• Fortnightly Parent Emails: We send fortnightly newsletters to all our parents. This is a great way to offer blogging news or tips (amongst other classroom news and reminders). You can also thank the parents who have been commenting and invite parents to comment on particular posts.
  • Posts for Parents: Sometimes we write posts with questions for parents. Here is one post we published last year that was specifically designed for parents. This idea was originally inspired by Henrietta Miller.
  • Virtual Volunteers: Linda Yollis has come up with the idea of calling on parents to be virtual volunteers on a roster basis. Rather than helping students in the classroom, they can assist online by replying to students and engaging in conversations.

Final advice

I always try to reply to comments or have students reply. Of course this is not always possible but we do it as much as we can.

It is good blogging etiquette to reply and provides an example to students that comments are not just one-way; they are used to generate conversation and discussion. A great deal of learning can occur when conversations are developed.

Parents may not be encouraged to keep commenting if they don’t feel their comments are being valued or acknowledged.

Using my work

Want to use these ideas or modify my notes and handouts for your classroom use? Go ahead, I have included a CC-BY-NC license for the PDF files. Simply credit me as the original author and link back.

What other ideas do you have for involving your parents in your class blog?

10 Tips for Introducing Blogging into Your Classroom

With the new school year beginning in Australia, many teachers will be introducing blogging into their classrooms.

Some teachers will be continuing an established blogging program with a new cohort of students, while others will be introducing blogging for the first time.

If you’re totally new to blogging you may like to check out Five Steps to Starting Your Class Blog If you’re in a Victorian DEECD or CEO school, check out Getting Started with Global2.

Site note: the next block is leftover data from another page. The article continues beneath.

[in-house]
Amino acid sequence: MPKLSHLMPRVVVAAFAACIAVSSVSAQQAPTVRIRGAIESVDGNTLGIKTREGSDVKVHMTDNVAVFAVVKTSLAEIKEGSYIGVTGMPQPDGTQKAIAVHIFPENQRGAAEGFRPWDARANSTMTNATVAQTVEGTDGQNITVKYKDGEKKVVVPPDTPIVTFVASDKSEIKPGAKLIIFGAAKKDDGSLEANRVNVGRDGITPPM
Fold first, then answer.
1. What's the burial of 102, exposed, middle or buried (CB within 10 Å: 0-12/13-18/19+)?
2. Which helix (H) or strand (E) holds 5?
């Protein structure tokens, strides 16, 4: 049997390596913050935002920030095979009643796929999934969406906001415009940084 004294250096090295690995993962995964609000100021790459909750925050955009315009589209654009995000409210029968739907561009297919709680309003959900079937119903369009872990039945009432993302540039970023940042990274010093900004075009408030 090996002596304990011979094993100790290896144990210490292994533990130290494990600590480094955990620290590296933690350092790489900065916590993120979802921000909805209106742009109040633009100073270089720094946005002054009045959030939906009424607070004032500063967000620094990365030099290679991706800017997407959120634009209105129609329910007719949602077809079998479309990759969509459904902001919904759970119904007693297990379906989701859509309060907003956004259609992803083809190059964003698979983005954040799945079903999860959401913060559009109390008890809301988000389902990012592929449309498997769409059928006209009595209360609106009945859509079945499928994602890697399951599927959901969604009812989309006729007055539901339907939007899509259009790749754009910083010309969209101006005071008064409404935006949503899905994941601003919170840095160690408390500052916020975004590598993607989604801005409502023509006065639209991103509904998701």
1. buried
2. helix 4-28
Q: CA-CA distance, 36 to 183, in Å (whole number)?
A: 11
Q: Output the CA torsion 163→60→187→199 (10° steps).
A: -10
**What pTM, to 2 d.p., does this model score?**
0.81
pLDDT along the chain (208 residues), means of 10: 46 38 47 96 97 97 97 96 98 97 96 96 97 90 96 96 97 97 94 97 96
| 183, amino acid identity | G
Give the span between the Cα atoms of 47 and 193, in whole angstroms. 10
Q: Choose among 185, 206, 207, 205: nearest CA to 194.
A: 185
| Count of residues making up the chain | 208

Here are some tips based on my own experience of how to successfully integrate blogging into your classroom:

  1. Start small: don’t expect to know everything at once and avoid comparing your blog to more established classroom blogs. Begin with simple posts that include text and images. As you build your skills and confidence, you might begin embedding web 2.0 tools.
  2. Integrate: don’t make blogging an add-on. Integrate mathematics, literacy and other subjects into blog posts and comments. Make blogging part of your literacy block or homework schedule. Find more advice on integrating blogging into your classroom curriculum here.
  3. Be regular: a haphazard blogging program isn’t going to provide as many benefits as a predictably regular one. Set yourself goals (such as publishing one new post every week) and routines (like spending the first 10 minutes of each day reading the students’ blog comments).
  4. Start local before global: I recommend building teacher and student skills through a class blog before you begin to collaborate globally with other blogging classes. The students will get more out of global collaboration if they have established the basic skills around commenting, internet safety, etiquette etc.
  5. Begin with a class blog: If you plan to use student blogs in your class, whether students will be earning blogs or simply assigned a blog, I strongly recommend starting with a class blog. This allows the children to build those essential blogging skills that they can transfer to their own blog.
  6. Teach quality commenting: I always start the year by teaching the students about quality commenting. Initially, I write all the posts and the students’ role is to comment. I have found explicit teaching + high expectations + regular feedback + authentic motivation = high quality writing. In my class, our blogging program has a strong literacy focus.
  7. Integrate internet safety: Once you have established your blogging guidelines and made sure all parents and students are aware of them, use blogging as an authentic way to teach about internet safety. Blogging is an excellent way for students to learn about being responsible members of an online community.